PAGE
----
The Day of Pentecost. The Day of Pentecost, also called Whitsunday, celebrates the gift of the Holy Spirit to the Church. It occurs 50 days after Easter. In the biblical account, the first Christian Pentecost occurred at the time of the Jewish festival of Pentecost or Shavot, which was a celebration of the giving of the Torah on Mt Sinai and of the harvest, and which was held 50 days after Passover.
According to the account in the Gospel of Luke and the Book of Acts of the Apostles, after his resurrection, Jesus remained with the disciples for a while, before “leaving.” Luke portrays his departure very concretely, as an ascension up into the sky to be with God. However, this did not mean that God had left the Christians on their own. God’s presence on earth with them now took the form of the Holy Spirit. The Book of Acts has a colourful description of the coming of the Holy Spirit, dancing above people like tongues of flame and enabling miraculous communication. In the Gospel of John, Jesus talks about the Spirit as the helper or advocate, present with the disciples after Jesus has departed, who will teach and recall Jesus’s teaching (14:26).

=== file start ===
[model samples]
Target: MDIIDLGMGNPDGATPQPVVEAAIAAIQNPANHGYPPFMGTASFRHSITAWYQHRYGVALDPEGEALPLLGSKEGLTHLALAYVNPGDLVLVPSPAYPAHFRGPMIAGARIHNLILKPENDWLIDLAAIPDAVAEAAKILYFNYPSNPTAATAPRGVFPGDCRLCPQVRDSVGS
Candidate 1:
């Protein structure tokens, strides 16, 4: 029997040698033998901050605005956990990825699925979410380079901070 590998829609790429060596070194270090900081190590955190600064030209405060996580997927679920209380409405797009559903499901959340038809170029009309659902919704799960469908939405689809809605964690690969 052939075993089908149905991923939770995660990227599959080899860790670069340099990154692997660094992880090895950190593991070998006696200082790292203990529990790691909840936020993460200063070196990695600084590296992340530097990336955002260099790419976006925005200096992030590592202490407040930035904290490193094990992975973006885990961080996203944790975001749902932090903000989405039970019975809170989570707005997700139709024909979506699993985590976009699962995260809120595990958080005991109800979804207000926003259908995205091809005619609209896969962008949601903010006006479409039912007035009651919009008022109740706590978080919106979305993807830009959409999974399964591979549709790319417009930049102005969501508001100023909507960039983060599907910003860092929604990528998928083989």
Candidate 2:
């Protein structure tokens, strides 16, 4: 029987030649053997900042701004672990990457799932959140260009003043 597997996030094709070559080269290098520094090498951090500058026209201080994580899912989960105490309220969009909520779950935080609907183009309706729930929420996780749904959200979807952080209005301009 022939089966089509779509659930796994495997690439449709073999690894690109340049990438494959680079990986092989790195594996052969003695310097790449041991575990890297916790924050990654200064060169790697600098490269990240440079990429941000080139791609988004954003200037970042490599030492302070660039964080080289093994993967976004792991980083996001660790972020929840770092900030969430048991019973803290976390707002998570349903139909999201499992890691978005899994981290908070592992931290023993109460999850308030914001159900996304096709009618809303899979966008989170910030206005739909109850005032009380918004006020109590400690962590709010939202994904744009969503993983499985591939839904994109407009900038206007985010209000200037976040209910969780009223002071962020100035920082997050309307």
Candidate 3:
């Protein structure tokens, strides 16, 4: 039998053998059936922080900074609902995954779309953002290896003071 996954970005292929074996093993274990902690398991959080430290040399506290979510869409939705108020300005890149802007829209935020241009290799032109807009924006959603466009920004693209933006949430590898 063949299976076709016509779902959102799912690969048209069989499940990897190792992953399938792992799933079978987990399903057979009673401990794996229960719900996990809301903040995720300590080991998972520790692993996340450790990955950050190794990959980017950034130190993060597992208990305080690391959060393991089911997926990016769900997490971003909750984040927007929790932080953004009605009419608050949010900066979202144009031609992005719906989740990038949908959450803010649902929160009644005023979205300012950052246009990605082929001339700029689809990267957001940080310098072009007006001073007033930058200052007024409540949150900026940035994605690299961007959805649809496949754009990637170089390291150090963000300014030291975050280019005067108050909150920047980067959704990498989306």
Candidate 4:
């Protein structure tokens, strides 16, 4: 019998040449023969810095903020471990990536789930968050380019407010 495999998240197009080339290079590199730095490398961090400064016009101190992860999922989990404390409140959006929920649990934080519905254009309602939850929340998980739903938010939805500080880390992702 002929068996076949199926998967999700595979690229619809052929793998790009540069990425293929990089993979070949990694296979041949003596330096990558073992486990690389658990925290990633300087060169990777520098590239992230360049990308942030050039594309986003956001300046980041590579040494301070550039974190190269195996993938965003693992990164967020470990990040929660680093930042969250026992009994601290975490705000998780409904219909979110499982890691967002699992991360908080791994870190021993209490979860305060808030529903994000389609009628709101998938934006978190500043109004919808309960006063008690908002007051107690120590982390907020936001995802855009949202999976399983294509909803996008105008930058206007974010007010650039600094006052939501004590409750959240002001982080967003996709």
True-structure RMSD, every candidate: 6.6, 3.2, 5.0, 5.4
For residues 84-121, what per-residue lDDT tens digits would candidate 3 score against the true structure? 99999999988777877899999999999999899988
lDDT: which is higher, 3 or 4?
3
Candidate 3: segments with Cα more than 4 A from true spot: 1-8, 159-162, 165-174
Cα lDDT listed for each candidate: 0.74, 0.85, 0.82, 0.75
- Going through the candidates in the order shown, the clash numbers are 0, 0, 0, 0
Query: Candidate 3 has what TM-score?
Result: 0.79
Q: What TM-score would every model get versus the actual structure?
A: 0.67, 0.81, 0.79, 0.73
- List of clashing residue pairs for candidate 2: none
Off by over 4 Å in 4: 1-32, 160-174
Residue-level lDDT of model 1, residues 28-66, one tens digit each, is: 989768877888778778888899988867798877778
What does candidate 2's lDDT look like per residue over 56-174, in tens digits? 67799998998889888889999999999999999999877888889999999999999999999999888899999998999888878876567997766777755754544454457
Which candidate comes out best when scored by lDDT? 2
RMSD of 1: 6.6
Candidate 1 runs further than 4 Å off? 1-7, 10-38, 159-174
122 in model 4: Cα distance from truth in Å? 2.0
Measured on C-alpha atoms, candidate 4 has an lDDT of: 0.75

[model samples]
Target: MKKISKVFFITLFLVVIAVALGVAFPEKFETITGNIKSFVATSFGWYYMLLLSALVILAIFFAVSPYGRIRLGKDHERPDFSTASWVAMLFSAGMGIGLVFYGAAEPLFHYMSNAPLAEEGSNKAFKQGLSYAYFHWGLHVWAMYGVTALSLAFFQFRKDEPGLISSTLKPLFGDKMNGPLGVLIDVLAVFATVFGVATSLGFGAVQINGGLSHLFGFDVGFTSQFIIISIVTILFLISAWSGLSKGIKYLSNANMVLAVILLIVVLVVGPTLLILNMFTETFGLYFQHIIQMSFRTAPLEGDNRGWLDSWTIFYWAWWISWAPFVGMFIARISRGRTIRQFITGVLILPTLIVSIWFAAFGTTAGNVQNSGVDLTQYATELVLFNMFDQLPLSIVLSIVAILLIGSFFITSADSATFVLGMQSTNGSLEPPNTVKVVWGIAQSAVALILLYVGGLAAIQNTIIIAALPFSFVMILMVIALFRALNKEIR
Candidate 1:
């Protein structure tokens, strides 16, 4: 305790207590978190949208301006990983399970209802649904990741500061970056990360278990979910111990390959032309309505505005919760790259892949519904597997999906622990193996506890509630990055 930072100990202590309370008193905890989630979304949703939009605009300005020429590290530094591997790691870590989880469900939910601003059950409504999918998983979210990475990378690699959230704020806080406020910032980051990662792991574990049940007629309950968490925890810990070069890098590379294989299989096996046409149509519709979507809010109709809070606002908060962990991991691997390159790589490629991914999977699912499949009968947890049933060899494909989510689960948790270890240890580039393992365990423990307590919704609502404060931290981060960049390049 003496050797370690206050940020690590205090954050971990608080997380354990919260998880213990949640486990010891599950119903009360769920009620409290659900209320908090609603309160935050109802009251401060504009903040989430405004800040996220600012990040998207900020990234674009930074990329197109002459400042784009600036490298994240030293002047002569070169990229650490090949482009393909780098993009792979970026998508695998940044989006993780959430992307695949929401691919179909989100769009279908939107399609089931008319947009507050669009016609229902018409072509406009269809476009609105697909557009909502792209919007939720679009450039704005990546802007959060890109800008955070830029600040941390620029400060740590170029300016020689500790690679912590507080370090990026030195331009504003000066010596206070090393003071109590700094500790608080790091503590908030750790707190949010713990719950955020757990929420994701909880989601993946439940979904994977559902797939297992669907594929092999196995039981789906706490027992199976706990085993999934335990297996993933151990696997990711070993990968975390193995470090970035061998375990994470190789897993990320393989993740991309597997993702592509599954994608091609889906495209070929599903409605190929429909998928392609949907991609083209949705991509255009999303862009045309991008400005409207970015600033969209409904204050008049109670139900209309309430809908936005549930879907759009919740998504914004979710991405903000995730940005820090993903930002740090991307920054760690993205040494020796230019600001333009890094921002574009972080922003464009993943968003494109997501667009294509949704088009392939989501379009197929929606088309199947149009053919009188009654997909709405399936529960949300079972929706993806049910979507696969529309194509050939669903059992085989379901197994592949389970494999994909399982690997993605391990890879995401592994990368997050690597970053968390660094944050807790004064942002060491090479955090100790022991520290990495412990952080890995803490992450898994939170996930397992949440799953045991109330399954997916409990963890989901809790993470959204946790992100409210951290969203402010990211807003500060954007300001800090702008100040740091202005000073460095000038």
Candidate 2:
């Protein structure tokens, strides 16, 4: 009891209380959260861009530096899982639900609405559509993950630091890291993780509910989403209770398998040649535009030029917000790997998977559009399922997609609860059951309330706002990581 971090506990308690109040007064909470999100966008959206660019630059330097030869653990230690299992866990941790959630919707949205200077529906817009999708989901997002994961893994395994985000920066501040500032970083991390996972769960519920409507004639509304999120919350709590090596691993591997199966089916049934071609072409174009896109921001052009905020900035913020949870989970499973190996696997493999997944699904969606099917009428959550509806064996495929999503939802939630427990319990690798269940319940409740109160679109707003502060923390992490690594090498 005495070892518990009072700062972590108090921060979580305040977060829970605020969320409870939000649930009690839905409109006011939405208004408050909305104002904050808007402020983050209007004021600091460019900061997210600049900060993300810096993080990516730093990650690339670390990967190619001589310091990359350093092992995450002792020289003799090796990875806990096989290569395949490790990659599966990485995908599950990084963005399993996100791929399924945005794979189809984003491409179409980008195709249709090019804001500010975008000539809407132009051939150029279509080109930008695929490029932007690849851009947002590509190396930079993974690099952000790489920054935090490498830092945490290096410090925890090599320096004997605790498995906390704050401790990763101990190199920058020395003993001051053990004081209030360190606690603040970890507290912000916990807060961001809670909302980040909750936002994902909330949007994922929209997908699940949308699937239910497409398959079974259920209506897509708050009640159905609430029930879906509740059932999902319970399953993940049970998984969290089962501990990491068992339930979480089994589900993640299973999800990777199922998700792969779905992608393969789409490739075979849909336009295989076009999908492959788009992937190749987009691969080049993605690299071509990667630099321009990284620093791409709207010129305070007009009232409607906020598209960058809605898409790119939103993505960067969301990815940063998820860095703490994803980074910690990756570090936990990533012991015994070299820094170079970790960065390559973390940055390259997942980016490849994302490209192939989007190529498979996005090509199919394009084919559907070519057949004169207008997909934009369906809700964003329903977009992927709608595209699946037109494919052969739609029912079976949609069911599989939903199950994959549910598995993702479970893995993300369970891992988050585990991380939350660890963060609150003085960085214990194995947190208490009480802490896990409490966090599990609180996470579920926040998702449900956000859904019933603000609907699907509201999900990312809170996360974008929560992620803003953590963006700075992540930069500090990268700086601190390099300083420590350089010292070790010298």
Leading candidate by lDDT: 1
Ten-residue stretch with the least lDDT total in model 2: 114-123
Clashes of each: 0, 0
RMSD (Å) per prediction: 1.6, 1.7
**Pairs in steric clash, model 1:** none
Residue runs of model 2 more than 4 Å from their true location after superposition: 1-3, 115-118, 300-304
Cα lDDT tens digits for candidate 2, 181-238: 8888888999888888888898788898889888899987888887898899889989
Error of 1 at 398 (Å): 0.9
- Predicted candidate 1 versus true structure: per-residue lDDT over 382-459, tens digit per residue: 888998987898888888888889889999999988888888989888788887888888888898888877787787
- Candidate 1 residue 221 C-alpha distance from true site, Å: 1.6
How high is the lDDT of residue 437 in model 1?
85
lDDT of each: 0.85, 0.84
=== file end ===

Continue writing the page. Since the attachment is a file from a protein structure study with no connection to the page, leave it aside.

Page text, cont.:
In the logo of the UCA, the Spirit is symbolized as a dove with wings of flame. In the logo for Scots Church, she is a bird hovering over the city drawing it to herself, with her wings open to embrace the city.
Trinity Sunday. Traditional Christianity describes God as a “Trinity,” that is, a oneness combined with a threeness: one essence, but three persons. In practical terms, it is an attempt to explain how something that we experience in three different ways (Creator, Christ, Holy Spirit) is also a unity, with each part equal to the others. The doctrine of the Trinity is not explained in the New Testament, but hinted at in places such as Matthew 28:19. Formulation of the doctrine took centuries. The Council of Nicaea in 325 is usually cited as the pivotal point in its acceptance. However, discussion about the doctrine has never ended, and each age contains Christians who attempt to reformulate it in contemporary terms, as well as some who reject it.
Rev Dr Peter Trudinger
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